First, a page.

Volvo is up with a new concept car that it's billing as a "masterpiece of Scandinavian Design for car buyers of exquisite tastes." The vehicle is a 'luxury Volvo for China and the world' with an interior that offers a "special contemporary luxury experience." All told, the design is 'just like fine luxury goods.' And it's part of Volvo's larger aim to "be the brand that best interprets what buyers of modern luxury cars want."
With the closing of last week's Salone Internazionale del Mobile, the world's largest design fair, and the coming prospect of seeing yet another chair, another lamp, and another collection of intentionally mismatched glassware make its way to the featured section of blogs, magazines, and cocktail conversations, all I can keep thinking about is the land line telephone. Until all design works as well as that classic, all design is fashion.
Design might work much better if it were more single-minded.
Just look at your computer desktop or smartphone homescreen: app icons lined up like perfect little Chiclets, all sporting perfect vector curves, expertly chosen colors, and burnished fake-shiny 3-D effects. Sure, the affordances may be great -- but doesn't all that perfection get boring after a while? Then bask in the sketchtacular glow of Kyle Steed's new collection of hand-drawn icons ("When perfect pixels just won't do").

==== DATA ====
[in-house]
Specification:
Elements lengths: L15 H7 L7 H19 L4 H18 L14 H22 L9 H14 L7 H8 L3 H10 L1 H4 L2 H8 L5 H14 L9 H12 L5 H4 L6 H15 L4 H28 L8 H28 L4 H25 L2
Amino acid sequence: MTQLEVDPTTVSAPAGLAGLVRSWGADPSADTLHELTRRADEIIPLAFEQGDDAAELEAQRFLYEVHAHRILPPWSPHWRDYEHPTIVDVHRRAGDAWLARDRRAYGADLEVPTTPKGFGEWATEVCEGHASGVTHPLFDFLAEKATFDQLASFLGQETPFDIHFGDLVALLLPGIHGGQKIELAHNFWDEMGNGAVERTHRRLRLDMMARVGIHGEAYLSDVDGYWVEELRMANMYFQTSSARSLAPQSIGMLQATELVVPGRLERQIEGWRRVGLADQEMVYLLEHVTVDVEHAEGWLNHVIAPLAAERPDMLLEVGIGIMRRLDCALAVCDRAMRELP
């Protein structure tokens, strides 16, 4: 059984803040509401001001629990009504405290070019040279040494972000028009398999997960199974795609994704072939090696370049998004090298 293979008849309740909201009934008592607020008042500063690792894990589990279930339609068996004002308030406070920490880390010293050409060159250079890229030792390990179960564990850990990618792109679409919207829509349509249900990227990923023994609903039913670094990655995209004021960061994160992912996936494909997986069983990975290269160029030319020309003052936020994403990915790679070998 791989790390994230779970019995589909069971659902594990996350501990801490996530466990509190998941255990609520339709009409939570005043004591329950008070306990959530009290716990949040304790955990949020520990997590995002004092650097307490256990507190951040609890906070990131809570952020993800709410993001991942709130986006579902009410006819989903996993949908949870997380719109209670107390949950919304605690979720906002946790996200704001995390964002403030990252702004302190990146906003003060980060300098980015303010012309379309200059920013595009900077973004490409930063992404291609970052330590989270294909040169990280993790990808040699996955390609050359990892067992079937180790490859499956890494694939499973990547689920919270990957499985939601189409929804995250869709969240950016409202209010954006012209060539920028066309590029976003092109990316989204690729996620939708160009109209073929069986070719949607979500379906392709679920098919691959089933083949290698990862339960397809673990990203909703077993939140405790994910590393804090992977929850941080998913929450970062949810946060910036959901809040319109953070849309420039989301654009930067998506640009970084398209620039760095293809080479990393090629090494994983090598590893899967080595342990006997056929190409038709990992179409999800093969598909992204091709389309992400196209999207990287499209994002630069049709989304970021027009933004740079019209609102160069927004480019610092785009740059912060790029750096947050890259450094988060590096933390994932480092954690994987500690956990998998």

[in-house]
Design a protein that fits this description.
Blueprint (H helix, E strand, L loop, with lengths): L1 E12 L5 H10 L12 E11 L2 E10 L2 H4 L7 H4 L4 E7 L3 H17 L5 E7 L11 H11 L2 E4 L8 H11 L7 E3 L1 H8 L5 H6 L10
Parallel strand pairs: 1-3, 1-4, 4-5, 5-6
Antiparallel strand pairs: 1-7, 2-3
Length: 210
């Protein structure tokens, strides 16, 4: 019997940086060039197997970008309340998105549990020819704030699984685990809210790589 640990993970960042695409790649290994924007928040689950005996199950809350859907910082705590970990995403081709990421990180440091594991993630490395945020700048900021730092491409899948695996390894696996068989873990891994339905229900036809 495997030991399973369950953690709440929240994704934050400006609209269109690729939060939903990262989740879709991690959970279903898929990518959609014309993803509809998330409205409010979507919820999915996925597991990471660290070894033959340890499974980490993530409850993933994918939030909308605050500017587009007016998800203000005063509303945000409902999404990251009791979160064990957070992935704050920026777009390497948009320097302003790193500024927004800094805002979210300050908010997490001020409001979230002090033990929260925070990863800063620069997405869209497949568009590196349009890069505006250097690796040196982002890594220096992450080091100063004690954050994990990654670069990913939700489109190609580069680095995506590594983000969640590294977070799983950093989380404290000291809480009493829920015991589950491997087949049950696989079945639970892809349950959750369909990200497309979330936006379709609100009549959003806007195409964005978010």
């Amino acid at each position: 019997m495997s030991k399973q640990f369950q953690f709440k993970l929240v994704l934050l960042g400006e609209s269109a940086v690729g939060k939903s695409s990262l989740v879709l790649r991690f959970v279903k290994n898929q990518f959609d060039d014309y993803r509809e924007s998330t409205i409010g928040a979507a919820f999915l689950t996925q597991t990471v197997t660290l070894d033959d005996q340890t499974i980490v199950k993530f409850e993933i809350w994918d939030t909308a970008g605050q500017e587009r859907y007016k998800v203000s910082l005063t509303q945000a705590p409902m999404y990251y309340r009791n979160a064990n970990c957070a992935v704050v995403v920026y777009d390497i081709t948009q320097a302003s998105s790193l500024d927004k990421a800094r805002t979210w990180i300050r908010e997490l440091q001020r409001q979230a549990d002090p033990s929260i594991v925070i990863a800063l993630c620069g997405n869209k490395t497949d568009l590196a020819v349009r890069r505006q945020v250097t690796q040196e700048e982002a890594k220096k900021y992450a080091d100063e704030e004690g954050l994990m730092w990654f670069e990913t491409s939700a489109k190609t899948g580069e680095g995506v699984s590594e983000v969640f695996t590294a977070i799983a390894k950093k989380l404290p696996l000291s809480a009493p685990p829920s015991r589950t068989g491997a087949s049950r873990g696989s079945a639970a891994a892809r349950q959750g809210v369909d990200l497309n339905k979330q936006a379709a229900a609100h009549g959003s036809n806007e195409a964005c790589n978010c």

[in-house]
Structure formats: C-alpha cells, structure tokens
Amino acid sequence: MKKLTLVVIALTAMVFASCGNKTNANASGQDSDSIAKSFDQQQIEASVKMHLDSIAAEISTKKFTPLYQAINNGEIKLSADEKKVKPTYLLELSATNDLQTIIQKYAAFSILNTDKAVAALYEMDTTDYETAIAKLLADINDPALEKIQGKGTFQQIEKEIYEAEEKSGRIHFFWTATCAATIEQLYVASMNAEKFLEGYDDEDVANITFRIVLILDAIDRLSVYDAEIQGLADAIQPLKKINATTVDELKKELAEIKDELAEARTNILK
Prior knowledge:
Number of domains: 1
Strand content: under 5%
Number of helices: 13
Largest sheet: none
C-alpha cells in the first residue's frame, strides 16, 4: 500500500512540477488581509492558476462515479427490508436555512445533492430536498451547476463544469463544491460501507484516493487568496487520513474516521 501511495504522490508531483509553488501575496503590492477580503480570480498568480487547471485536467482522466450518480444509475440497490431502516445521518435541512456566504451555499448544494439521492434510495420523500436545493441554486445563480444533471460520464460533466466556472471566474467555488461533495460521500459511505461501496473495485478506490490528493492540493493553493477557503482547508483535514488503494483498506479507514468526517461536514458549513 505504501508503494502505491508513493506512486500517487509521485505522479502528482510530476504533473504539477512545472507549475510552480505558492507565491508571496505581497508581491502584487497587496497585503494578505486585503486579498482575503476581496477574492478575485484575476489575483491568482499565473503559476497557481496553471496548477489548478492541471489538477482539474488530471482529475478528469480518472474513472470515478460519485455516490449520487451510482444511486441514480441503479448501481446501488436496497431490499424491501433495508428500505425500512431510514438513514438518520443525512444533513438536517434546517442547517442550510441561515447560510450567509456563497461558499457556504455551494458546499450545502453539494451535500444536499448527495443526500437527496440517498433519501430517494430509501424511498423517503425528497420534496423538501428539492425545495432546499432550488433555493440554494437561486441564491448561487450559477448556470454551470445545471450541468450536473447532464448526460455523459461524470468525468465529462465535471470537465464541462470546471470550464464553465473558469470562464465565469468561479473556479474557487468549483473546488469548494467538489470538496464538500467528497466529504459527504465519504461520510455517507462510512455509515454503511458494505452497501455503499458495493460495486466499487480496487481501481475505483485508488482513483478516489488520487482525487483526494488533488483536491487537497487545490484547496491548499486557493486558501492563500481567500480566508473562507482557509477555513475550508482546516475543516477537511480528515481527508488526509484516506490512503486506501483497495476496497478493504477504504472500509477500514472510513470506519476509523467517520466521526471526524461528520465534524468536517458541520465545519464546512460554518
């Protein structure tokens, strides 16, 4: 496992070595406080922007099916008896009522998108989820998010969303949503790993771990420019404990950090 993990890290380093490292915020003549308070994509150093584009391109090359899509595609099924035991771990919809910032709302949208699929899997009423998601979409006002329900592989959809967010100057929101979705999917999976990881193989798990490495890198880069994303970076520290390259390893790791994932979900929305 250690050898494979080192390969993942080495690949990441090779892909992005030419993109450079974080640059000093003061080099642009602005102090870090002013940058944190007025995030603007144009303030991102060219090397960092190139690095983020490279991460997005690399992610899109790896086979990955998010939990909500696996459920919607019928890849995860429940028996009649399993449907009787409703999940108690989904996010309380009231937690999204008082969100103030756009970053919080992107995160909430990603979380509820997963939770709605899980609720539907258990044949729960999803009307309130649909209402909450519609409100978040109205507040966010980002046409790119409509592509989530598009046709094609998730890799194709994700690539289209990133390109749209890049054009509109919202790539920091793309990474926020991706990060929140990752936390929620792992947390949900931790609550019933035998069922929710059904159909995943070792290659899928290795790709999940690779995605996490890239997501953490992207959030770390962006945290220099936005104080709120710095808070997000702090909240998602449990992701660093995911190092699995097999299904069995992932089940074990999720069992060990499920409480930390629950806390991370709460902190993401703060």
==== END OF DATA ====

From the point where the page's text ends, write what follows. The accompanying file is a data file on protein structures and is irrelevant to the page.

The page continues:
Williamsburg and Greenpoint -- the Kremlin of hipsterdom -- have a problem: Whenever a kid runs his fixed gear bike into a powder-blue Vespa or a guy gores himself on moose antlers in a bar, the fire department's EMS trucks have to motor in from a hospital miles away.
Even when I was young enough to be the target audience for such things, I never understood the appeal of live music festivals: Why would I pay for the privilege of being trapped in a scorching hot, filthy-as-sin arena with unsanitary facilities and inhumanely priced water just to hear badly soundmixed bands that I probably can't even get a good sightline on?
Star Wars V: The Empire Strikes Back was great -- easily the best of the all the Star Wars movies ever made. Problem is, it's been shown so many times on TV that it can be hard to actually watch the movie -- it's too familiar, and you know it too well. It's almost descended into a three-hour long cliche. (Heresy, I know!)